ROBERT LEE HOTZ. “Iceman’s Gut Sheds Light on Human Migration.” The Wall Street Journal (Fri., Jan. 8, 2016): A7.
(Note: ellipses, and bracketed date, added.)
(Note: the online version of the story has the date Jan. 7, 2016, and has the title “Otzi the Iceman’s Stomach Sheds Light on Copper-Age Migration to Europe.”)

The research summarized in the passages quoted above, was more fully reported in:
Maixner, Frank, Ben Krause-Kyora, Dmitrij Turaev, Alexander Herbig, Michael R. Hoopmann, Janice L. Hallows, Ulrike Kusebauch, Eduard Egarter Vigl, Peter Malfertheiner, Francis Megraud, Niall O’Sullivan, Giovanna Cipollini, Valentina Coia, Marco Samadelli, Lars Engstrand, Bodo Linz, Robert L. Moritz, Rudolf Grimm, Johannes Krause, Almut Nebel, Yoshan Moodley, Thomas Rattei, and Albert Zink. “The 5300-Year-Old Helicobacter pylori Genome of the Iceman.” Science 351, no. 6269 (Jan. 8, 2016): 162-65.

Do Manic Spells Help or Hurt Entrepreneurial Boldness?

(p. C1) In an author’s note, Mr. Kidder explains that “A Truck Full of Money” is a kind of sequel to “The Soul of a New Machine” (1981), his Pulitzer Prize-winner about the race to build a next-generation minicomputer. Fair enough: The writer is returning to his roots.
But a book about a software guy and software culture in 2016 isn’t nearly as novel as a book about hardware guys and hardware culture in 1981, and Mr. Kidder is not in the same command of his material.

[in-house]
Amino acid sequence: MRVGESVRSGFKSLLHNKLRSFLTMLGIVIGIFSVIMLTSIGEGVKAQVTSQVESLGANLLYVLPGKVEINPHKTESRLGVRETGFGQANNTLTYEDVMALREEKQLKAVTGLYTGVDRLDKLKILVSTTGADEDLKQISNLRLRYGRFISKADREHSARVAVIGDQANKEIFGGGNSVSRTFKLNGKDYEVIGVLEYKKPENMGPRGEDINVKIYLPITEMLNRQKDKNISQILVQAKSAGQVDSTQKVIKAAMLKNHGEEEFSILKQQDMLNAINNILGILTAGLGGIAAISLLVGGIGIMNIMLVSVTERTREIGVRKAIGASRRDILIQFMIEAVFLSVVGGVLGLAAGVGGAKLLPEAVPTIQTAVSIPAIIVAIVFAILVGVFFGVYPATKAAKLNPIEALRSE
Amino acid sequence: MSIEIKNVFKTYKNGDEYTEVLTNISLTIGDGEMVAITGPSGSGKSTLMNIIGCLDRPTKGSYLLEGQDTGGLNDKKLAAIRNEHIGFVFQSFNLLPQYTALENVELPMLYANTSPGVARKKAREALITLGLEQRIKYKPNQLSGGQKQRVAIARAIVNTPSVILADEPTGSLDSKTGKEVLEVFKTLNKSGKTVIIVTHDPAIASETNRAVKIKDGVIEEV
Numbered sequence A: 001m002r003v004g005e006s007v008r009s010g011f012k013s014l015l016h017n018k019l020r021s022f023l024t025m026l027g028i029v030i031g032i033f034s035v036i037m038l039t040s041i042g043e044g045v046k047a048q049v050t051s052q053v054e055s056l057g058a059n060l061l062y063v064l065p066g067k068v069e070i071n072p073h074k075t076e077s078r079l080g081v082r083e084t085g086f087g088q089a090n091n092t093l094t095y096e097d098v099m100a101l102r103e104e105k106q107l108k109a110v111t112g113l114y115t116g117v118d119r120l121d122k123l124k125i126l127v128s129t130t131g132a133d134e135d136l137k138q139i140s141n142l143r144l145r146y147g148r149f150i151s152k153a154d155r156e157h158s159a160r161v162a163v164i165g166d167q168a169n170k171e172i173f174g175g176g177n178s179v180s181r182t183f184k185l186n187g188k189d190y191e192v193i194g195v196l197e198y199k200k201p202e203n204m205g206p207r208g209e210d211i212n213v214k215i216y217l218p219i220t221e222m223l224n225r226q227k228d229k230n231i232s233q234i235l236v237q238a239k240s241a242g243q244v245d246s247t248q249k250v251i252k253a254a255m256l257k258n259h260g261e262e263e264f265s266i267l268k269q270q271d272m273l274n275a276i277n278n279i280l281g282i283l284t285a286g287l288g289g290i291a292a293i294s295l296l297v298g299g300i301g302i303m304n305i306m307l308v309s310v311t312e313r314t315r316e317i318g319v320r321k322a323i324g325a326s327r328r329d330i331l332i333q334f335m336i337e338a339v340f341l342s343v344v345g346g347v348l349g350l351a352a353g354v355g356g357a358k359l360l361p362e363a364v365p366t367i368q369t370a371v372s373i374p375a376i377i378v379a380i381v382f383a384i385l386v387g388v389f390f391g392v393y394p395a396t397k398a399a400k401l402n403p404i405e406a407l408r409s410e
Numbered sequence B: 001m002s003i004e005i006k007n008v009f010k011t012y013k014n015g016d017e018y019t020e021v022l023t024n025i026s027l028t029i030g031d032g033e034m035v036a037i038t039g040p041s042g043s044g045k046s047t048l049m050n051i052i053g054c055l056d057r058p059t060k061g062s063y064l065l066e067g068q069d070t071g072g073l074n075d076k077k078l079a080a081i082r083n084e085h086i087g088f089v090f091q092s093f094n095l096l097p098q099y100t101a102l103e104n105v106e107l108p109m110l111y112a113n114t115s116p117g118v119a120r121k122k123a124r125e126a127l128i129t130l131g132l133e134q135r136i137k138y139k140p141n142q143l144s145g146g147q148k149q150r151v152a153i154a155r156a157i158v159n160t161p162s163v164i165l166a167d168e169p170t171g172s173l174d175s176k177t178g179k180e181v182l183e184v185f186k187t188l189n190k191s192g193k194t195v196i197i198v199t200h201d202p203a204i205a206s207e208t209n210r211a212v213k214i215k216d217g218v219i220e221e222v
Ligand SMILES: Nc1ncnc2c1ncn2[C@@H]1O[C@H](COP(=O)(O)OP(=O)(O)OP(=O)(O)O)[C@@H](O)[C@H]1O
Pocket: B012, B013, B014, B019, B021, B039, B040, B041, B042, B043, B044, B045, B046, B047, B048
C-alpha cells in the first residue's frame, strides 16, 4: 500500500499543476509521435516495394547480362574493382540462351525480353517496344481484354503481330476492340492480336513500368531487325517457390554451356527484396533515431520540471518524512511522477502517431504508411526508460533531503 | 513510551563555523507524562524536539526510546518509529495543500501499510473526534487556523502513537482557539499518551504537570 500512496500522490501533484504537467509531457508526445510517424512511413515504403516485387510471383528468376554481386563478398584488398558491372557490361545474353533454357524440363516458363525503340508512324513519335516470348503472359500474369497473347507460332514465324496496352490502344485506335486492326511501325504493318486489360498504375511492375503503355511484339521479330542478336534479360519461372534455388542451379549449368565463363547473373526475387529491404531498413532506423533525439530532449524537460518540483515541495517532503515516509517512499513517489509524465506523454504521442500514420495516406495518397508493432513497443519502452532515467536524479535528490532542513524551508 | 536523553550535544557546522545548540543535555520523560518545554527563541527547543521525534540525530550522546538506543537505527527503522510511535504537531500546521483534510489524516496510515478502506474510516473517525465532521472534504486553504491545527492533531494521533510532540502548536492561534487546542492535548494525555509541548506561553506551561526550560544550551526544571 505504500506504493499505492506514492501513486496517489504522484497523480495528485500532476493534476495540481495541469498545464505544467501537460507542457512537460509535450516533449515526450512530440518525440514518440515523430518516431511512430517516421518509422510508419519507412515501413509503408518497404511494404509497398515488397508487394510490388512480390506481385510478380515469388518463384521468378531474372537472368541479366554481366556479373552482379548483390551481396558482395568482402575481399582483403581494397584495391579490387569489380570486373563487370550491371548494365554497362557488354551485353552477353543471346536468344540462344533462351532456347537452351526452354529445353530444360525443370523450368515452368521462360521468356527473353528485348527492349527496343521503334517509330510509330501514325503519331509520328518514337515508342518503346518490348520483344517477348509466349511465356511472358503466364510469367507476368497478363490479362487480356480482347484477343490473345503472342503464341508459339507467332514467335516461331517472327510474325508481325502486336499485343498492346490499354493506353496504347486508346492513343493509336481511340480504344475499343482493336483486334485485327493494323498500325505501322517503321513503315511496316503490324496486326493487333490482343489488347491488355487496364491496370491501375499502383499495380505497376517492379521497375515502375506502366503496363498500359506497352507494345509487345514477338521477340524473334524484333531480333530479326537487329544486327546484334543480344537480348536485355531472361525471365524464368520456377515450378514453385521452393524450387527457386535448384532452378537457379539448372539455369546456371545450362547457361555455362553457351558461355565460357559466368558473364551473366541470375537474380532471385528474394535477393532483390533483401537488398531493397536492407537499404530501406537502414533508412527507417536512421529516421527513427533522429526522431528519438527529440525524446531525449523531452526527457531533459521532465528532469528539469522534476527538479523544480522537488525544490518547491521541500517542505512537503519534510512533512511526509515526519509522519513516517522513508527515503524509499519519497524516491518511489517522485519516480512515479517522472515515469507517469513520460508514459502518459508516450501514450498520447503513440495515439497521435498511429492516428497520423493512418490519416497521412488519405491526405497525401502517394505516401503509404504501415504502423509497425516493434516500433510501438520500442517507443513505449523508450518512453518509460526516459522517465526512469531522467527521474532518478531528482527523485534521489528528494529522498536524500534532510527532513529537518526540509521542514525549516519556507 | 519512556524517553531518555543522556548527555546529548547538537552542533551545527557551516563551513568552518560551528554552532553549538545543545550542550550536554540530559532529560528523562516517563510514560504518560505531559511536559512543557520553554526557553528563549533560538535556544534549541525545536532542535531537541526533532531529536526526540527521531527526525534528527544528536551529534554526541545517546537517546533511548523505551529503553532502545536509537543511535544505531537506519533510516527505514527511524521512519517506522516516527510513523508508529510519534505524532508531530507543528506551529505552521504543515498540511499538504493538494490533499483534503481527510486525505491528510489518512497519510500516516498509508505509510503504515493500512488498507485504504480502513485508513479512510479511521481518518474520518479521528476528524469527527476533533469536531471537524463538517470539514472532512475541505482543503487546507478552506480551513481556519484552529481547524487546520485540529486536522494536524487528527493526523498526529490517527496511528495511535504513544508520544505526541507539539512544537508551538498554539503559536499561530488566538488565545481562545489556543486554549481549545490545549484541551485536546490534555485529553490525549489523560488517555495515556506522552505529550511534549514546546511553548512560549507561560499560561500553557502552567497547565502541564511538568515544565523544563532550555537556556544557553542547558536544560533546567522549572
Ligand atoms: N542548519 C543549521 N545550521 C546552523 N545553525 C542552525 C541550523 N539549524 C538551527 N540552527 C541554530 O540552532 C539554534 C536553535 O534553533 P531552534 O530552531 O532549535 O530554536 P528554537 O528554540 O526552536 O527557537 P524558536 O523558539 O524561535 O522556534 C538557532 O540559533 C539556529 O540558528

. . .
(p. C4) There is, however, an element of Mr. English’s story that’s quite striking, one that makes “A Truck Full of Money” feel very much like a Tracy Kidder book.
In his 20s, Mr. English was told he had bipolar disorder. For a long time, he kept his diagnosis a secret. But today, he is wonderfully open and courageous about it.
Many of Mr. Kidder’s subjects are coiled with enough energy to launch a missile, of course, but Mr. English has a psychiatric diagnosis to go with it. The questions Mr. Kidder raises — Are Mr. English’s manic spells responsible for his entrepreneurial boldness? Or does he succeed in spite of them? — are well worth probing, and Mr. Kidder’s portrayal of living with manic depression is as nuanced and intimate as a reader might ever expect to get. On a good day, Mr. English’s mind is gaily swarming with bumblebees. On a bad one, though, he’s “Gulliver imprisoned by the tiny Lilliputians, laid out on his back, tied to the ground with a web of tiny ropes.”